What are some of the main themes in the book or some of the key takeaways?

The main themes are class (specifically class-divide), alcoholism and addiction, secrecy, obsession, loneliness and longing, and identity (including sexual orientation/ identification). The key takeaway, I hope, is that we should try our best not to judge any book by its cover. I had an easy time empathizing with the teenaged character, Corey, even as he starts breaking into houses, and also for his mother, Gina, even as she’s hitting bottom with alcohol and pills and is relatively absent from her two sons’ daily lives. I was surprised to find how much I cared about the billionaire character, Leo Sheffield, when in the past I could have easily written him off as just another greed-driven destroyer of the world, someone who deserves no empathy—but it was gratifying to care about them all, despite their flaws and bad decisions.

What are the commonalities you discovered between the elite and the middle-class characters?

Everyone suffers. Everyone loves. Everyone longs for something or someone. We’re all so flawed, all bumbling along through our lives; we’re all having a human experience, no matter our socioeconomic status. It just so happens that it will always be a bit harder for working class people in general—hardest of all for the poorest of the poor.

What was the hardest part about writing your debut book?

Maintaining relationships, maybe? It’s understandable that it might not be easy for most people to be in a relationship with someone who wants to spend days off from work in their pajama pants, shut away in a room for hours at a time. The work itself, I honestly love it—even when it feels like hard work. It’s incredible that after many years of writing, now I get to work on my next novels as others are reading The East End. I guess the hardest part is what happens after the writing is finished. I want everyone to like it… haha.

Your author bio says you grew up in the Hamptons and worked a variety of blue-collar jobs for wealthy estate owners.  How much did you draw from personal experience when writing this book?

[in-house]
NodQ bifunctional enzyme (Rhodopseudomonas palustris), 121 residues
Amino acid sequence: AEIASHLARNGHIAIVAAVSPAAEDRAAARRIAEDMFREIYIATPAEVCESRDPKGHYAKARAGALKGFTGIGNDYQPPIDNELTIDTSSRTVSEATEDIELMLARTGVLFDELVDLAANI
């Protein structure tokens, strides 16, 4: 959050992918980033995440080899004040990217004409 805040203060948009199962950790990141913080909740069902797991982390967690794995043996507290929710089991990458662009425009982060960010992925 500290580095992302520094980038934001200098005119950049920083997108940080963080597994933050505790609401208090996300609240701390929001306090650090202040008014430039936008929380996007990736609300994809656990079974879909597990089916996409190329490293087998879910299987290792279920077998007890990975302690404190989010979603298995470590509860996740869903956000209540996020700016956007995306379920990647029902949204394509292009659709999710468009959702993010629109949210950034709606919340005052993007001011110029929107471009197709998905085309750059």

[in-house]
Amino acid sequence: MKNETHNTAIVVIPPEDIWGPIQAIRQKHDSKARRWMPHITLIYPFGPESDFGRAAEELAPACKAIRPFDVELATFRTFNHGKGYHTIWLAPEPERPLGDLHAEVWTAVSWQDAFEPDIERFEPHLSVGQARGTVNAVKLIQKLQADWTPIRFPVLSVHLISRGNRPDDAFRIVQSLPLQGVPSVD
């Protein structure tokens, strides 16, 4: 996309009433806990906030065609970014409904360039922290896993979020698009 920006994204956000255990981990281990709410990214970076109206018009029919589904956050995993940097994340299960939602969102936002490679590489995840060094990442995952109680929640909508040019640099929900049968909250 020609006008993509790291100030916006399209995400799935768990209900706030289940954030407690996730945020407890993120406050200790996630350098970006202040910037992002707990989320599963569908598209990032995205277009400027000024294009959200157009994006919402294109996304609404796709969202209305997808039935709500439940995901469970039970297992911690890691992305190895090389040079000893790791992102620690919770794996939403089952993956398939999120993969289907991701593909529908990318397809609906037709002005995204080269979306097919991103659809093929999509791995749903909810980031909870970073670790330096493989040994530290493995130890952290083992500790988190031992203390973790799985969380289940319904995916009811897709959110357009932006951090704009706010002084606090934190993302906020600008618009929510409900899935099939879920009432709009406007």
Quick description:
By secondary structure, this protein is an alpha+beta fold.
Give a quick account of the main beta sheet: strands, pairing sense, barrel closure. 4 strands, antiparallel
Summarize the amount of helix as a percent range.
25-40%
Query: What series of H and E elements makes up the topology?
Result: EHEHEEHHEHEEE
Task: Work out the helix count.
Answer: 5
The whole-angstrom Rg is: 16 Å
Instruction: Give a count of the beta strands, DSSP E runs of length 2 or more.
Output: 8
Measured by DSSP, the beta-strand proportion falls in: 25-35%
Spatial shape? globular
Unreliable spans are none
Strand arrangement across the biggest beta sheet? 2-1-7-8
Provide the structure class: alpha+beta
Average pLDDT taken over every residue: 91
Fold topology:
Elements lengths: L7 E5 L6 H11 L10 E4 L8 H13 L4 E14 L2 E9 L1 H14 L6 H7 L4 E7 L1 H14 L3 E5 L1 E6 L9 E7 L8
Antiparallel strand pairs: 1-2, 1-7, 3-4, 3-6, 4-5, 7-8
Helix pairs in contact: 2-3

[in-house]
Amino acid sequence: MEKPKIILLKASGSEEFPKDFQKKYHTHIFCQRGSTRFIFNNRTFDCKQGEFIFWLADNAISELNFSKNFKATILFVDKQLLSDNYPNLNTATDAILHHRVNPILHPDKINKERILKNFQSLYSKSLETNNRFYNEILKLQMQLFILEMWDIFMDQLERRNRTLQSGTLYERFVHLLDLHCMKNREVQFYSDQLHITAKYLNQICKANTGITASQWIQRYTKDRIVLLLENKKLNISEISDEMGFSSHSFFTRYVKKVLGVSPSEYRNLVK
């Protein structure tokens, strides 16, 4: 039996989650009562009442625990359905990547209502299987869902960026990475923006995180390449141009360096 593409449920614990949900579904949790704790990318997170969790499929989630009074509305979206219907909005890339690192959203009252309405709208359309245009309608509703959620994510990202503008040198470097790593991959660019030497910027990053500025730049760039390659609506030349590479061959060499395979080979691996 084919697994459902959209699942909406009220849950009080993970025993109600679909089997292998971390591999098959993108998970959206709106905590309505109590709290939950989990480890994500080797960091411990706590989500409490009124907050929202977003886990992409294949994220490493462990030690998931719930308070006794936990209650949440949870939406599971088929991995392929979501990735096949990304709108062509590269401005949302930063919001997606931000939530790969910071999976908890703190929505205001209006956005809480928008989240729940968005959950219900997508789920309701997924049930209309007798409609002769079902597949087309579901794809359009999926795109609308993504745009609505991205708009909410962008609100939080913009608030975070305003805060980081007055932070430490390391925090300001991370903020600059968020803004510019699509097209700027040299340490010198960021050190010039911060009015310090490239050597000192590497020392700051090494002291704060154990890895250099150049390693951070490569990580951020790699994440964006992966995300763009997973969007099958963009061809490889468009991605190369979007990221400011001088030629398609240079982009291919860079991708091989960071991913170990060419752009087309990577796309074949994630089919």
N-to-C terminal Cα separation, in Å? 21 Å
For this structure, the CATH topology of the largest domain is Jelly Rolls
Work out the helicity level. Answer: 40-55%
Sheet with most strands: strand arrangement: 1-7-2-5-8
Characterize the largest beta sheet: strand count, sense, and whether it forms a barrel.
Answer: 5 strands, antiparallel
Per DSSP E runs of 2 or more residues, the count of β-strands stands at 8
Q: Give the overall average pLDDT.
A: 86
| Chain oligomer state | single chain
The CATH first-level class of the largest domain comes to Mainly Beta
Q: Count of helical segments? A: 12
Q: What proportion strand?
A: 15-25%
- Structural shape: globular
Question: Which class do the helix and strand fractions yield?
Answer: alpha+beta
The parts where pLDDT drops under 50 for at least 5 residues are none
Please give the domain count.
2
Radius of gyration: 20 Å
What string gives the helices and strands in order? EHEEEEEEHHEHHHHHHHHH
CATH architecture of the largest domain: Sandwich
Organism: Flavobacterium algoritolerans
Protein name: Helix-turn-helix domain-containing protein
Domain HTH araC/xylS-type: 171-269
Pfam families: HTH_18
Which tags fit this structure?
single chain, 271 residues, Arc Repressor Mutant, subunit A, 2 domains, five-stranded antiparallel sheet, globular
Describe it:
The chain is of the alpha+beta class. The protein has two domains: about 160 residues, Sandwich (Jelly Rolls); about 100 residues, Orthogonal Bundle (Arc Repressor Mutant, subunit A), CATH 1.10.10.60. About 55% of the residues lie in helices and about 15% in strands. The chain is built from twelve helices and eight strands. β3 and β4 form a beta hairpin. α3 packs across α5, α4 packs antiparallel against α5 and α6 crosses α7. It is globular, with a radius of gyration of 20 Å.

I mined lots of lived experience for both the setting of the novel and the characters. My mother worked for a millionaire family at their summer estate in Southampton for more than a decade, and while the plot and characters are fictional, the setting is closely based on the estate where she worked (and where I worked with her for one summer). I also worked for the mega-rich in the Hamptons as a pool guy, a carpenter’s helper, lots of labor jobs in my teens and twenties.

What is your favorite genre to read?  Have any authors you’ve read influenced your work?

Literary fiction is definitely my favorite, but all of the best genre fiction always transcends its genre, so I love discovering an especially strange novel with magical realism elements, or one that introduces a dystopian world in a new and fascinating way (think the original Twilight Zone episodes, Rod Serling’s brilliant social commentary through sci-fi). Whatever the genre, the characters will always matter most to me, but also I find that I’m most grateful when an author obviously took the time to pull me through the story with relatively constant plot complications and tension—all the books I love, all the ones I just couldn’t down, have so much character complexity and tension throughout. I’m sure that every author I’ve read has influenced my work to varying degrees, and I’m always looking for that next book that will trick me into forgetting that I’m reading—the best novels always achieve this seemingly impossible magic trick.

What are you currently reading and what’s on your TBR (to be read) list?

I’m currently reading an advanced reader copy of a debut novel called The Tenth Girl, by Sara Faring, which is a brilliant, funny, twisted gothic story that takes place in a haunted girls’ prep school in Argentina, and at the same time I’m in the midst of another advanced copy of a wonderful literary debut novel Goodnight Stranger, by Miciah Bay Gault. I’ve also just finished Winter Loon, by Susan Bernhard, and loved it for its rich characters and the author’s bravery to show the true struggles of working-class characters. Some other recent favorites include: The Boat Runner, by Devin Murphy (if you haven’t read that yet, buy it immediately—it’s amazing); Eileen, by Ottessa Moshfegh (so unique, both dark and funny in all the most interesting ways); and I just reread All the Light We Cannot See, by Anthony Doerr, which I can only describe as a masterpiece, a novel in my top two or three of all-time.

Do you have plans to write more novels in the future?

Yes, absolutely. I plan to finish my second novel this summer. It’s a story set mostly in Portland, Oregon, where I also lived for ten years. It takes place during the winter of 2008, during the start of the Great Recession and the Housing Crisis, also during an especially cold winter. The characters are all down-and-outers, with addiction and family and desperation as the central themes. I’m also looking forward to revising my first memoir manuscript, as well as my first feature-length screenplay, and in the next year or so I will begin fleshing out my third novel. I have the novel-writing bug and realize now that I always have. I’m not hoping for a cure, either.